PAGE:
What …

Temperament in Times of Crisis

I can't say that I agree with George Will on much -- though I do believe he is opposed to the designated hitter in baseball, as do I -- and I'm not in agreement with all that he says in an editorial today in the Washington Post. That may be because I'm a political liberal who is more comfortable with government intervention in the economy than is he, but that's not my point.

What is interesting is Will's take on McCain's fitness to be president. That his attacks on Christopher Cox show a shallowness of understanding and a moralizing impulsiveness that can be dangerous.

What is central to McCain's persona, one that appears he shares with his running mate, is a self-righteous moralism that pits "us" against "them." If you disagree with me, you're not only wrong but you are immoral. Will writes:

In any case, McCain's smear -- that Cox "betrayed the public's trust" -- is a harbinger of a McCain presidency. For McCai…

A Risk We Can't Afford

Even as the financial sector melts down, largely due to a lack of oversight, Barack Obama's campaign raises questions about McCain's intentions with health care.


More Peter Gomes

Peter Gomes, Dean of Chapel at Harvard, talks about his call to ministry and more at Salon.


Crash -- Sightings

How should we respond to the financial mess? How do we interpret what's going on? What is the solution?Martin Marty speaks to this question today in his Sightings column. He points to a Wall Street Journal article that bemoans the failure of the markets to "self-heal," that is, they've not corrected themselves without outside intervention. As he shares his insights he points to a symposium that featured Milton Friedman, that guru of unfettered free markets and contrasts that with a bit of Niebuhrian realism.
It is interesting that John McCain, king of deregulators, seems to have concluded that maybe there's need for at least some regulation - maybe because the market is not able to heal itself or patrol itself!***********************************************

Sightings9/22/08Crash

-- Martin E. Marty

"Worst Crisis Since '30s, With No End in Sight," screamed the September 18th Wall Street Journal, in company with all other headliners. The four authors …

The Financial Mess

What a mess we've gotten ourselves into! Just weeks before one of the most significant presidential elections in history the economy went into melt down. The candidates can really do little except suggest what they might do and perhaps criticize what the other candidate might do. There is a danger in saying too much (McCain has been more vocal about what he would do) and saying too little (I think Obama has taken the right balance here, but perhaps he could say more). The current president is in his final months in office, which means he has little clout. The one person who seems to have some clout at this moment, and by all reports is doing a good job is the current Treasury Secretary. Both candidates seem to agree on this and praise his leadership while suggesting the need for oversight.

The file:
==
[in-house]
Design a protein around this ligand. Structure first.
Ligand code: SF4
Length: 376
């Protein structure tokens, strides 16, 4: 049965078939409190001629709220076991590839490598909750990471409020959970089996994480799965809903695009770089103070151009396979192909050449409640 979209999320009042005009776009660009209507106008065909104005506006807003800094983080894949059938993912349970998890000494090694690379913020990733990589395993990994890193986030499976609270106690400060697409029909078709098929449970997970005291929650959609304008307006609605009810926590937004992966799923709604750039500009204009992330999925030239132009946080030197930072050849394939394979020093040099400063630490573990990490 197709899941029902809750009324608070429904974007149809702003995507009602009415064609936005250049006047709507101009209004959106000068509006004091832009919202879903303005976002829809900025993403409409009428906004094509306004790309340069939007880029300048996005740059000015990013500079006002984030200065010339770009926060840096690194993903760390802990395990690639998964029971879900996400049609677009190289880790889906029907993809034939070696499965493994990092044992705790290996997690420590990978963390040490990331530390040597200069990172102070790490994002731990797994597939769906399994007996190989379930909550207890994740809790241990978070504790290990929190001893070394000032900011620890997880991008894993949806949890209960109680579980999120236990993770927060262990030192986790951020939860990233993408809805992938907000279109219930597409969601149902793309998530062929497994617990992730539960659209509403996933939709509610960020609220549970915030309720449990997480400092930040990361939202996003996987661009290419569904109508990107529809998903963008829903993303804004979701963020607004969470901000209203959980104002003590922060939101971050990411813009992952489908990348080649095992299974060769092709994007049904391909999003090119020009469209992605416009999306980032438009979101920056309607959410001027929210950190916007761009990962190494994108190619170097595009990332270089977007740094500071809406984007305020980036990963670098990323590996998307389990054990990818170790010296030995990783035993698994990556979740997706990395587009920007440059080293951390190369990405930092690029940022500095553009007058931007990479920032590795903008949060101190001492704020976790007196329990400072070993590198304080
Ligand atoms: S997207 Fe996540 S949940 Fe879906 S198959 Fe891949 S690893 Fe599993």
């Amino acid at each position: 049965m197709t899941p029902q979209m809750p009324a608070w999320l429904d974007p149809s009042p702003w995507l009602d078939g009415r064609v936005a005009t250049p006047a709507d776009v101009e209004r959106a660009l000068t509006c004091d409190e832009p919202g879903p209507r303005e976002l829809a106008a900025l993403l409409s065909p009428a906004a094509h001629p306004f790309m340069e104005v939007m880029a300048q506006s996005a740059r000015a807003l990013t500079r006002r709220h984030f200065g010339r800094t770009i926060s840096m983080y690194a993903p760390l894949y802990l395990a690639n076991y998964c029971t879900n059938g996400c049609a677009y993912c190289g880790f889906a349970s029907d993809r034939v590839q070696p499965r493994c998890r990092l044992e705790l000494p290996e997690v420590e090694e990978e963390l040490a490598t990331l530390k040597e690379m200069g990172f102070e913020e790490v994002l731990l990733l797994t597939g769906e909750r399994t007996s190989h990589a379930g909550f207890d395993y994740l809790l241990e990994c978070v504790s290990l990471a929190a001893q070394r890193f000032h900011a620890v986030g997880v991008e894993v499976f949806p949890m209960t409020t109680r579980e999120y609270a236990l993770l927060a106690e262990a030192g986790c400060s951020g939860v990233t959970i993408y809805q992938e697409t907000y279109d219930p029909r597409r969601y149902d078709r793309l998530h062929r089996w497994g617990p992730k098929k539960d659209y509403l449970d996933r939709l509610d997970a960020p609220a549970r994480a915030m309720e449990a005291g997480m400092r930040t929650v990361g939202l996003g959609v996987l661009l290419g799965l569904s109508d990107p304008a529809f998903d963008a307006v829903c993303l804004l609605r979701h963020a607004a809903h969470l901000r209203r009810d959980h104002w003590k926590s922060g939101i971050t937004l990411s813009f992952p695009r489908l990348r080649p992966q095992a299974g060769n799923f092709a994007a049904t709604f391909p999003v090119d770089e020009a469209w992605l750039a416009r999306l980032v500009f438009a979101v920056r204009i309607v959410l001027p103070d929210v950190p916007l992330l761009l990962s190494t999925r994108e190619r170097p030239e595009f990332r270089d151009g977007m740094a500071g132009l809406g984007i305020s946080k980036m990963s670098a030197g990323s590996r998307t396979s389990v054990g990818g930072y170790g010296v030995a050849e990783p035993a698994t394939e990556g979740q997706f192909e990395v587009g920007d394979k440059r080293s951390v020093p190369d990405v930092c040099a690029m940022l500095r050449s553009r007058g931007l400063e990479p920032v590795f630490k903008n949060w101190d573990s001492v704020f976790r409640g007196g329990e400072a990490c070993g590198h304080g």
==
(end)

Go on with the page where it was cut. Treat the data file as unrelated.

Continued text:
What is the cause of this? Greed, yes I think there's some greed here, but greed is the driving force of capitalism -- which makes McCain's populist rant against greed sort of odd.…

More on Peace Day

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I reported yesterday that Central Woodward Christian Church hosted the Troy Interfaith Group's observance of International Day of Peace. Here is a report of our event and others around Metro Detroit. By the way, we made peace pinwheels as well!

International Day of Peace -- An Interfaith Observance

Today the Troy Interfaith Group observed the UN's International Day of Peace. About 90 adults, youth and children gathered at my church -- Central Woodward Christian Church of Troy, MI -- to share their visions of peace. We had Muslim, Hindu, Baha'i, Unitarian, Protestant, Roman Catholic, Jewish, Sikh, and Amaddiyah Muslim groups come together. It was a good day, all in all. I'll share below my opening comments -- sans the directions! May today be a day of peace, the beginning of a new possibility for our nation and world. **************************************************************


International Day of Peace

Today is, by decree of the United Nations, the International Day of Peace. This day of peace was first set aside by the UN in 1981, and since 2002 it has been observed each 21st day of September. According to the organizers: "Peace Day should be devoted to commemorating and strengthening the ideals of peace both within and among all nations and peoples . . . Th…

A Scandalous Jesus -- Peter Gomes talks to Stephen Colbert

Peter Gomes appears on Stephen Colbert's show to plug his new book on Jesus -- The Scandalous Gospel of Jesus (HarperOne, 2008).

Gomes tells us that the gospel is scandalous because churches are agents of conservatism and the status quo, but Jesus upsets the status quo. Enjoy the video!!


It's the Economy Stupid

The mantra of the 1992 election was "It's the Economy Stupid." Bill Clinton took down an incumbent US president because that president, though he had presided over the successful conclusion of the first Gulf War, seemed out of touch on economic issues. Go buy socks he told us -- kind of like his son told us after 9-11 that everything would be fine if we just go out and buy things.